Making a difference

Friday, Nov 28, 2008 at 18:57

takenbyaliens (Life Member)

Making a difference…..

As educators we all believe we can and do make a difference. Sometimes it is very evident particularly when it comes to empirical data…better marks and grades due to good teaching etc. Other times, when things are hard to measure we sometimes struggle to see if we have made a positive contribution to students.

And then sometimes it just relies on fate and opportunities.

On the first leg of the trip I visited Kolej Tuanku Ja’afar, a full boarding international school delivering both Malaysian and English curriculum ( unique in Malaysia ). It is an impressive school in many respects. The buildings are substantial and spread over many acres. There are only 500 or so co-ed students from primary through to sixth form and they enjoy a student-staff ratio about which even we would be envious and the very best of boarding facilities. Even by Brisbane standards it is an expensive school to attend and parents expect to see results for their children. And so it was a great pleasure to see just what our music festival would mean to these children. We made a TV show for Beat TV which is aimed at teenagers and then on the Saturday the Headmaster and I went onto the national broadcaster for an hour long live breakfast chat show. The outcome is that they have formed the first ever Malaysian Youth Orchestra and their intention is to bring it to the event.

On the 0105 Sunday morning flight to South Africa for what looked like a real effort. In the first two days I did presentations in Johannesburg and Pretoria and then set out for a real road show….Wednesday 400 odd kilometers to Mafeking for a specially prepared evening concert followed by a presentation to parents of the International School of South Africa ( some wonderfully talented students from all over Africa attending about the most expensive school in the country ) and finally getting some dinner at 10.45pm due to slack hotel room service which I refused to pay for…..Thursday another 400 klms to Kimberley for another night time parent presentation to a school that has previously been to one of our events….Friday just a short hop ( under 200 klms ) to Bloemfontein for two meetings at the conservatory to discuss the participation of township musicians who are in the outreach program designed to take instrumental music to a whole new group of people. Later when checking into the hotel I discovered that, having found the best rate on the internet, I had booked the ‘romantic getaway weekend’!! The hotel manager looked for my partner !! Alone unfortunately but I still got a great room with a balcony overlooking a beautiful garden and a free bottle of champagne, passing on the breakfast in bed!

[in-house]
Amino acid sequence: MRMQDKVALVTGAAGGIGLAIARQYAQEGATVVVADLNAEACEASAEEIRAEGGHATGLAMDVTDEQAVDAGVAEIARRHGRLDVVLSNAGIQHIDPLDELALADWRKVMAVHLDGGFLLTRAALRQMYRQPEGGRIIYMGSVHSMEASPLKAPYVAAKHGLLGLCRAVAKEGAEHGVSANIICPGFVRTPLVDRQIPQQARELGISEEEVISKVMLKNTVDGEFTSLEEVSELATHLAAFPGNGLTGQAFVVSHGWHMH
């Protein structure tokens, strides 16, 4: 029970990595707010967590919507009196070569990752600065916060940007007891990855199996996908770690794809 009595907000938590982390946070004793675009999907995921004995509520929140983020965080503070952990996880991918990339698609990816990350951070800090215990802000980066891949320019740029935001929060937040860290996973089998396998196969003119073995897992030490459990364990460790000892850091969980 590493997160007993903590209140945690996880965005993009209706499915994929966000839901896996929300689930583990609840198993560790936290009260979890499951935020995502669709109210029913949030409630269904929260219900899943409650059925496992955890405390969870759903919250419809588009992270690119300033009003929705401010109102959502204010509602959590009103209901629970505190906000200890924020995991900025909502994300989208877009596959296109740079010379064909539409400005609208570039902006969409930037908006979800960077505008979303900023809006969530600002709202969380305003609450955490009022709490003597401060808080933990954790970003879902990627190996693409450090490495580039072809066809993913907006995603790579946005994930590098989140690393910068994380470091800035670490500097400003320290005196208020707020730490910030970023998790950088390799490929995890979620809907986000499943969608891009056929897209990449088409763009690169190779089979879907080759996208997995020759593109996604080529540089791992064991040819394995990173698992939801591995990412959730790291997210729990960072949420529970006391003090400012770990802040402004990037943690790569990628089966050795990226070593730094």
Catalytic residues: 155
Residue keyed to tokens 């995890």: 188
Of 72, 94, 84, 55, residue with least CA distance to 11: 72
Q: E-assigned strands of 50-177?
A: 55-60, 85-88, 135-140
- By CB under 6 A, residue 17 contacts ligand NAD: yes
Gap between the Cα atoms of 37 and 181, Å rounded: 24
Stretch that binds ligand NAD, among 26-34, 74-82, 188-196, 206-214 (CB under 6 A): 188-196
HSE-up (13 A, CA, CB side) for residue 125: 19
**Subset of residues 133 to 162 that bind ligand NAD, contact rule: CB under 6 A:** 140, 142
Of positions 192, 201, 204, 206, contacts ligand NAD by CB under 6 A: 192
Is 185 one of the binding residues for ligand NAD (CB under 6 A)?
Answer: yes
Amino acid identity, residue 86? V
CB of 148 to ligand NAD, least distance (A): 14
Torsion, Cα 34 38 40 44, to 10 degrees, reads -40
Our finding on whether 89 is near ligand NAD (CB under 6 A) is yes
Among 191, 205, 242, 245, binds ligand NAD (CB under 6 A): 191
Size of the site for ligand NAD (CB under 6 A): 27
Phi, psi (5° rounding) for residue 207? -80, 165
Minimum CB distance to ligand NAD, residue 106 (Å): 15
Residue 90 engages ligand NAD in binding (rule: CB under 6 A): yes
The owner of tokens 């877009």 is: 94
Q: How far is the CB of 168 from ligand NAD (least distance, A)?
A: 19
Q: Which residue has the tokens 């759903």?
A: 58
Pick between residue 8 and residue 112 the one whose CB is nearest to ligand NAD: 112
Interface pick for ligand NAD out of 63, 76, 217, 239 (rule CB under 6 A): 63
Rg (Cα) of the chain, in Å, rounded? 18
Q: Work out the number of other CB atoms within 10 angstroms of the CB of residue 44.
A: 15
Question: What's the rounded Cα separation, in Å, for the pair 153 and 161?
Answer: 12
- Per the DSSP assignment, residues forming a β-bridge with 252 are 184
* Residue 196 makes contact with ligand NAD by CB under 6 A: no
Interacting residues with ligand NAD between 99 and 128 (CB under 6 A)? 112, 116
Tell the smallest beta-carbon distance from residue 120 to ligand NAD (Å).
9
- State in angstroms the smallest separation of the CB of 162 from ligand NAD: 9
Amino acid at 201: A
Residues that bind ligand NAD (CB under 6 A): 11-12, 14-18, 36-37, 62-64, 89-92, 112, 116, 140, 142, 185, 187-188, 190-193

Went that night to the Reds v Cheetahs game as guest of the Cheetahs President where having been officially welcomed over the PA system with three other guests I took the opportunity to score a few tries myself. Two of my seating companions were the Sports and Culture Ministers from Free State and Northern Cape….so our conversation centred on their departments supporting the participation of groups from their provinces. As with so many discussions that one has in SA, talk also focused on the ‘struggle’, the road to freedom and making a difference in SA society.

My other discussion partner was someone who was a central player in that journey to freedom and subsequently in the Truth and Reconciliation Commission set up by Mandela …Archbishop Desmond Tutu. He is truly a man who has made a difference and is held in very high regard ( and not only in South Africa ). He has a wicked sense of humour, a love of life and above all, great compassion. Deciding nothing was to be gained by reticence, I invited him to be the Patron of our music festival…a truly international event deserves a truly international Patron. Pleasingly I did not get the immediate negative answer I was sure I would get! It turned out he was staying just down the hall from me in the hotel so another contact was made on Saturday and again on Sunday.